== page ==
Evaluation and Treatment of Tandem Spinal Stenosis

Joseph F. Baker, MCh, FRCSI

Disclosures

J Am Acad Orthop Surg. 2020;28(6):229-239. 

In This Article

Simultaneous or Staged Surgery?

The decision to perform simultaneous surgery at all sites of stenosis or to stage the procedures depends on multiple factors including disease severity and the patient's ability to undergo a prolonged surgical procedure. The level of invasiveness at each region and the availability of less invasive techniques may also be considered.[31] Consideration should also be given to the patients' general condition—a single anesthetic may be more desirable rather than exposing comorbid patients to two separate procedures (Figure 5).[32] One needs to consider patient factors including age, body mass index, and the presence of comorbidities such as diabetes, ischemic heart disease, arrhythmia, chronic liver disease, and autoimmune disease, as these elevate the risk of surgical site infection.[33]

Figure 5.

T2-weighted sagittal (A) and axial (B) and (C) images of the thoracolumbar spine. Axial images of the T11/12 (B) and L4/5 (C) stenoses. A 77-year-old woman with notable medical comorbidities presented with a mixed myeloradiculopathy. Imaging of the remainder of the spine did not demonstrate stenosis elsewhere. Accepting significant potential overlap in symptoms from the two sites of stenosis and taking into account patient wishes to have a single surgical procedure, simultaneous decompression was performed, resulting in relief from neurogenic claudication and halting progression of imbalance.

In 202 patients with TSS, Yamada et al[26] noted that in those undergoing delayed decompression of the cervical spine after lumber decompression, an improvement in both cervical and lumbar symptoms was seen as measured by the L-JOA and C-JOA—in their study, cohort patients presented predominantly with lumbar symptoms and so had the lumbar region addressed first. In a very small subgroup that underwent simultaneous surgery of both lumbar and cervical spinal disease, no advantage in terms of recovery was seen.

In reviewing the outcomes of 43 patients undergoing either simultaneous or staged cervical and lumbar decompression, Eskander et al[34] suggested that age greater than 68 years, estimated blood loss over 400 mL, and surgical time over 150 minutes should prompt the clinician to consider staged rather than single-setting surgery. They noted that beyond the age of 68 years, the risk of both major and minor complications rose and the functional gains, although still evident, began to decline. Countering this, of 50 patients with thoracic stenosis undergoing surgical decompression, compared with 15 with isolated disease, the 35 with concomitant cervical and/or lumbar stenosis also undergoing decompression did not experience any greater degree of complication regardless of age.[18]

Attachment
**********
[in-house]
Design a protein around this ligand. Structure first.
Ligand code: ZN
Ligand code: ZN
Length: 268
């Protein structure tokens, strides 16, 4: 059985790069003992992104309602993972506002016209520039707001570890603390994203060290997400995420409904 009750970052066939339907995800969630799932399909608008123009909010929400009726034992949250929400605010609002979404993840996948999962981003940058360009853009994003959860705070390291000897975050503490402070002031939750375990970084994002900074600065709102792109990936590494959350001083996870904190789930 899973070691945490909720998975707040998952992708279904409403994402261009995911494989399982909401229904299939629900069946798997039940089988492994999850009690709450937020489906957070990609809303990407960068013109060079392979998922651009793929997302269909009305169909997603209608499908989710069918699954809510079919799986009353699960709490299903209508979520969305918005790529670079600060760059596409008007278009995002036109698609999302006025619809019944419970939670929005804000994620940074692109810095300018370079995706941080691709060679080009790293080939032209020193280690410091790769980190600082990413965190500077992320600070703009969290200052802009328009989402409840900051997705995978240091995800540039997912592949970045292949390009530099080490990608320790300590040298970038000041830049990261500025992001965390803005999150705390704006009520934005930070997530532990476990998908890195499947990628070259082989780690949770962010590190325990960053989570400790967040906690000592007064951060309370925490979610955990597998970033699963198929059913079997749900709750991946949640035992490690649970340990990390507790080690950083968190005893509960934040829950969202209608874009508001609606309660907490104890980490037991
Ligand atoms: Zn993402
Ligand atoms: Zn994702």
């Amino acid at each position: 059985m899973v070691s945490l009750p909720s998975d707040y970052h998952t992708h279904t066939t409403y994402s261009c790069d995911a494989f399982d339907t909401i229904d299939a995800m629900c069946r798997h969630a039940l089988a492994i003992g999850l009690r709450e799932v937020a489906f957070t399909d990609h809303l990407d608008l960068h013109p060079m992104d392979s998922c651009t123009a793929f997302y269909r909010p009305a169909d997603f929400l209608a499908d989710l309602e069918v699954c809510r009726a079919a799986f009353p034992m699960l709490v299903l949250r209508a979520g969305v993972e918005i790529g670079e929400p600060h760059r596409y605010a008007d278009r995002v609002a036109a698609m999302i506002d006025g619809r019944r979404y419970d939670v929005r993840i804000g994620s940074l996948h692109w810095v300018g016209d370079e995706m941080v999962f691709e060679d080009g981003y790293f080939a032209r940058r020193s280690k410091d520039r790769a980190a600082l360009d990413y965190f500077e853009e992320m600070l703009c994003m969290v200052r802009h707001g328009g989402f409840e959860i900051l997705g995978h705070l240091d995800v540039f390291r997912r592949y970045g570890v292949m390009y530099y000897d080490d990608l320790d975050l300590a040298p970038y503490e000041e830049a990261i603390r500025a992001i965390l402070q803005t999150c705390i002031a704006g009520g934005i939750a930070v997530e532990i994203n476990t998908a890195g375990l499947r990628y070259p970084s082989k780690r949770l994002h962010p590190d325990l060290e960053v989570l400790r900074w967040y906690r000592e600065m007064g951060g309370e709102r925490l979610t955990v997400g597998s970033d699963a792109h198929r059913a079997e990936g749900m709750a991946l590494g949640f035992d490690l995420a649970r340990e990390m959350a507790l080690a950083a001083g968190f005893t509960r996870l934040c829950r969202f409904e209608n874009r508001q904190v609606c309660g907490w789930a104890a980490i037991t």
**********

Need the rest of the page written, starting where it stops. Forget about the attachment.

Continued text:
Hu et al[35] documented outcomes from single-stage surgery on tandem stenosis affecting the cervical and thoracic spine. In this cohort of 16 patients, the stenotic levels were contiguous across the cervicothoracic junction, and a number of cases had OPLL of the thoracic spine. CSS was treated either with an open-door laminoplasty or laminectomy and instrumented fusion, whereas the more distal stenosis addressed using laminectomy alone, laminectomy and fusion, or circumferential decompression and fusion. Although 62.5% of the group reported instant improvement after surgery, 37.5% were initially worse—circumferential decompression, massive blood loss, and cerebrospinal fluid leak were associated with a deterioration. When considering the outcomes based on surgical strategy in a separate report—17 undergoing single-stage and 13 two-stage procedures—transient neurologic deterioration was seen in 7, and the authors recommended that staged procedures should be planned if the stenoses were not immediately adjacent.[2]

Although these studies provide somewhat conflicting conclusions, some generalization can be made. Staged surgery appears a reasonable and safe strategy, although simultaneous decompression may be considered in a young, robust patient or if the stenosis is adjacent. Risk stratification may be complemented by the use of predictive tools to provide a more definitive risk profile—it is the authors' practice to use a surgical risk calculator to guide patient counseling. Table 4 summarizes some of the key considerations when considering treatment strategy in TSS.

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